May 4, 2017

Three Sisters Arrested For Killing Sister-in-Law, Pulaski, 1876

Previously:

Click here for a list of my other Pulaski/Rockcastle/Laurel County KY articles

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Thanks to Jessy S. for helping with this one. Thank you! 


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[October 17, 1876] -

6.  Nancy Surber, 19, Murdered. October 17, 1876. [1]













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[October 27, 1876] -

The most horrible and bloody murder that ever startled a civilized community, was committed near Buncombe, in Pulaski county, last week. The victim was a woman, and the perpetrators of the awful crime, strange to say, are also women, and sisters-in-law of the deceased. The murdered woman, Mrs. Surber, had been left by her husband at home with her little baby, early in the morning, and it was not until four o'clock in the evening that the deed was discovered, and then by a sister of the deceased, who was passing. Certain threats and other suspicious circumstances, led to the arrest of a number of the Surber family, and at the examining trial, three of the women were sent to jail to await the action of the grand jury. The evidence is overwhelmingly against them. The axe and knife, with which the deed was committed, their bloody dresses and hands, all go to show the guilt which they do not pretend to deny. [2]





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[November 3, 1876] -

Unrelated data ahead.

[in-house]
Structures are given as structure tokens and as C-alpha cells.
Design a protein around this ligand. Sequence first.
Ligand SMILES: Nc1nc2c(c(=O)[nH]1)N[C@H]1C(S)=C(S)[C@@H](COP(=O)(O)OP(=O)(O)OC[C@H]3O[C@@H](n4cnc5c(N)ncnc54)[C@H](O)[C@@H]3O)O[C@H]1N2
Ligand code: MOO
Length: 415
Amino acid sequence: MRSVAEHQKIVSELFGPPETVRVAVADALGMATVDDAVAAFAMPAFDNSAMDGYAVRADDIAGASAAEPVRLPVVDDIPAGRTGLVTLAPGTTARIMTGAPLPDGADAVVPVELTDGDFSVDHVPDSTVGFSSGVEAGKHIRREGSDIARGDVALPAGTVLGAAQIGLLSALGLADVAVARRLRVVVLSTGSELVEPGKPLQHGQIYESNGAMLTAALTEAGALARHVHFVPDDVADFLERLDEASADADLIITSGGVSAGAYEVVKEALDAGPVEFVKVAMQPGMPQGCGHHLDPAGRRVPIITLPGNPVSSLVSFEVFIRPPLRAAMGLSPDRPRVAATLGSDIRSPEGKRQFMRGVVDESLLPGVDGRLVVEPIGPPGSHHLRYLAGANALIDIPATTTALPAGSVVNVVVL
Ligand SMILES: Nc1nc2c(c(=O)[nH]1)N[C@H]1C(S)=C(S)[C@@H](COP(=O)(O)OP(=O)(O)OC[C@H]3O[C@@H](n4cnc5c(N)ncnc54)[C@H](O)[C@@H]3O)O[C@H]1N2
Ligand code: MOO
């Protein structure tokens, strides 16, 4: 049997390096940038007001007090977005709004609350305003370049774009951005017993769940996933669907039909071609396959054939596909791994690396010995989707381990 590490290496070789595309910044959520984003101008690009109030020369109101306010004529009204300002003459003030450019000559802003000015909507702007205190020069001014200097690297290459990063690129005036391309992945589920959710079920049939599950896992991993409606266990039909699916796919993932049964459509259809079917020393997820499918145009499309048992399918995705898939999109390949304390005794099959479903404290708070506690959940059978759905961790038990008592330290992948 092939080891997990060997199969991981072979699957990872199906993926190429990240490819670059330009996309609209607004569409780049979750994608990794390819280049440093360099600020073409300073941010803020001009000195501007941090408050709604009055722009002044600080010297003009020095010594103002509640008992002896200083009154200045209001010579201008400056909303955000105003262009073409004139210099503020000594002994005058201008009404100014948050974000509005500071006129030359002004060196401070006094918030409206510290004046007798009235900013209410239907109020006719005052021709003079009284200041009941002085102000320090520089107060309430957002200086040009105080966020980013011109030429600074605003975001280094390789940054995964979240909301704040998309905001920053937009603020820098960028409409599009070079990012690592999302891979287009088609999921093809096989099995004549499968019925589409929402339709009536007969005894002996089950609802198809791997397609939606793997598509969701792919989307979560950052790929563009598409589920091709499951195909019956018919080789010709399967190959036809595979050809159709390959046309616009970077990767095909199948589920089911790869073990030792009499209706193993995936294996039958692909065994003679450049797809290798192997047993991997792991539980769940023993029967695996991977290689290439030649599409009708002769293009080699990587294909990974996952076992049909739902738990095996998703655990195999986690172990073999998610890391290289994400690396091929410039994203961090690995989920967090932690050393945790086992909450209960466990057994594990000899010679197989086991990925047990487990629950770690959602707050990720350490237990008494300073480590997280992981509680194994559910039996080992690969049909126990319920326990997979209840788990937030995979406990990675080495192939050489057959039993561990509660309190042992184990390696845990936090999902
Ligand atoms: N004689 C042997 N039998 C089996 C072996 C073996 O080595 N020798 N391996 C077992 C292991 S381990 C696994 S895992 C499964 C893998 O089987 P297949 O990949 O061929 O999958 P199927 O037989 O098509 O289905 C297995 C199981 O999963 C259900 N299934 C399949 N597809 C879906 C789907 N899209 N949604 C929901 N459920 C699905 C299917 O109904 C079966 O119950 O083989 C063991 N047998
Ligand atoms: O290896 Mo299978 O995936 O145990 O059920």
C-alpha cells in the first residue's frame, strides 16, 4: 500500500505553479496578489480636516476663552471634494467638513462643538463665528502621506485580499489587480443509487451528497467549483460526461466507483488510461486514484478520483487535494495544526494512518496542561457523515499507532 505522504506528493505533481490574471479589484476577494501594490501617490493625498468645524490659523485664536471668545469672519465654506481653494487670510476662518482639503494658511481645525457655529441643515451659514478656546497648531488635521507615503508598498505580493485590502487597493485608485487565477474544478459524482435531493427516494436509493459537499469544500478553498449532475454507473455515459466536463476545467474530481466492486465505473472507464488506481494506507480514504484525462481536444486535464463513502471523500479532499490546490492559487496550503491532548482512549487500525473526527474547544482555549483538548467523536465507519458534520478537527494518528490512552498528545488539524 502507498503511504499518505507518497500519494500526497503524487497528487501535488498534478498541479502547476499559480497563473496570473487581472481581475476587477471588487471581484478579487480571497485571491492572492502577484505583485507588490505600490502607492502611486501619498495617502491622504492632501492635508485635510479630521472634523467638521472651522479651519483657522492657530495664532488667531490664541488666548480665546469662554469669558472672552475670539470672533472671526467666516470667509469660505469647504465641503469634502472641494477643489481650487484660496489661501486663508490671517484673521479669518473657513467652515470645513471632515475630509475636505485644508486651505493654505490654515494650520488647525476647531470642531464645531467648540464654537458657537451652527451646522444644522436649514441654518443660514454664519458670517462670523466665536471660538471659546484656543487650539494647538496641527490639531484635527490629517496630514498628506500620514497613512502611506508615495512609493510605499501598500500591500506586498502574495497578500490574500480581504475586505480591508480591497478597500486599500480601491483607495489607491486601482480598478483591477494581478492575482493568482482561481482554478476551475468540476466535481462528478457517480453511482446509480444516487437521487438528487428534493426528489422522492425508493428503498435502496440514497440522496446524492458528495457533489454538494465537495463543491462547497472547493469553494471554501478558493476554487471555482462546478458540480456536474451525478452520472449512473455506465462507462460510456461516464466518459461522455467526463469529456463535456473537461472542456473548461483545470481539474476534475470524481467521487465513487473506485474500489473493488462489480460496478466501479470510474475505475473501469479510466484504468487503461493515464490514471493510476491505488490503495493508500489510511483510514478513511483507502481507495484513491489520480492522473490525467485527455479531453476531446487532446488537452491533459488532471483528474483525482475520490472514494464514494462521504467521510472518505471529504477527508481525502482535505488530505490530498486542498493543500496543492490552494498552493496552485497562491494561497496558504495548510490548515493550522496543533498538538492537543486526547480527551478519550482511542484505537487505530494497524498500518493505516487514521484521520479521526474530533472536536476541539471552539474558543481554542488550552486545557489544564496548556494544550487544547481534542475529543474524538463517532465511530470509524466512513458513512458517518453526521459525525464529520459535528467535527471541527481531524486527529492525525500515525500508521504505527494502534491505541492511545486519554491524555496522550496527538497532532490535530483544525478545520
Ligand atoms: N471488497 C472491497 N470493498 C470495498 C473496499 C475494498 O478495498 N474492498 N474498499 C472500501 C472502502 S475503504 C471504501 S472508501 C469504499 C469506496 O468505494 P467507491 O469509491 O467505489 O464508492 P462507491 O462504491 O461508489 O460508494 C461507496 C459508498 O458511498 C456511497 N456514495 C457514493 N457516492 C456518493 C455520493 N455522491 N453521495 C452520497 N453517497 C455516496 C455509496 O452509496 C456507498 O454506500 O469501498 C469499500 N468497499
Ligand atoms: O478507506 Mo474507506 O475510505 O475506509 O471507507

THE SURBER MURDER. --  It is now rumored that the cause of the fiendish murder committed a short time since, in Pulaski, was the fact that the robbers of Mr. Goodwin's store, were known to Mrs. Surber, who threatened to expose them. The threat cost her her life. [3]




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[November 24, 1876] -

The greatest object of interest, since we last wrote, has been the trial of the writ of habeas corpus, before the County Judge, which was sued out by the Surber sisters. Our readers will remember that they are charged with the bloody murder of their sister-in-law, some time since, and that since suspicion was direct to them, they have been confined in jail. In appearance, the young women are more than ordinarily comely, for their station in life, while one of them is decidedly good looking. When we saw them, and thought of the awful crime with which they are charged, we could scarcely believe it possible for them to have committed it. The trial occupied two days. The judge released two of the sisters, the younger ones, without bail, and sent the oldest one back to jail. [4]




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[July 10, 1877] -

SOMERSET Reporter: The called term of the Pulaski Circuit Court for the trial of equity and criminal cases convenes on the 9th inst. There are four murder cases to be disposed of, the defendants being Wesley McPherrin, Sarah Surber, Mary Kinkead, and Davis alias Red Helton, and a case for bigamy against David Rollins. [5]


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[May 9, 1883] -

[Special to the Courier-Journal.]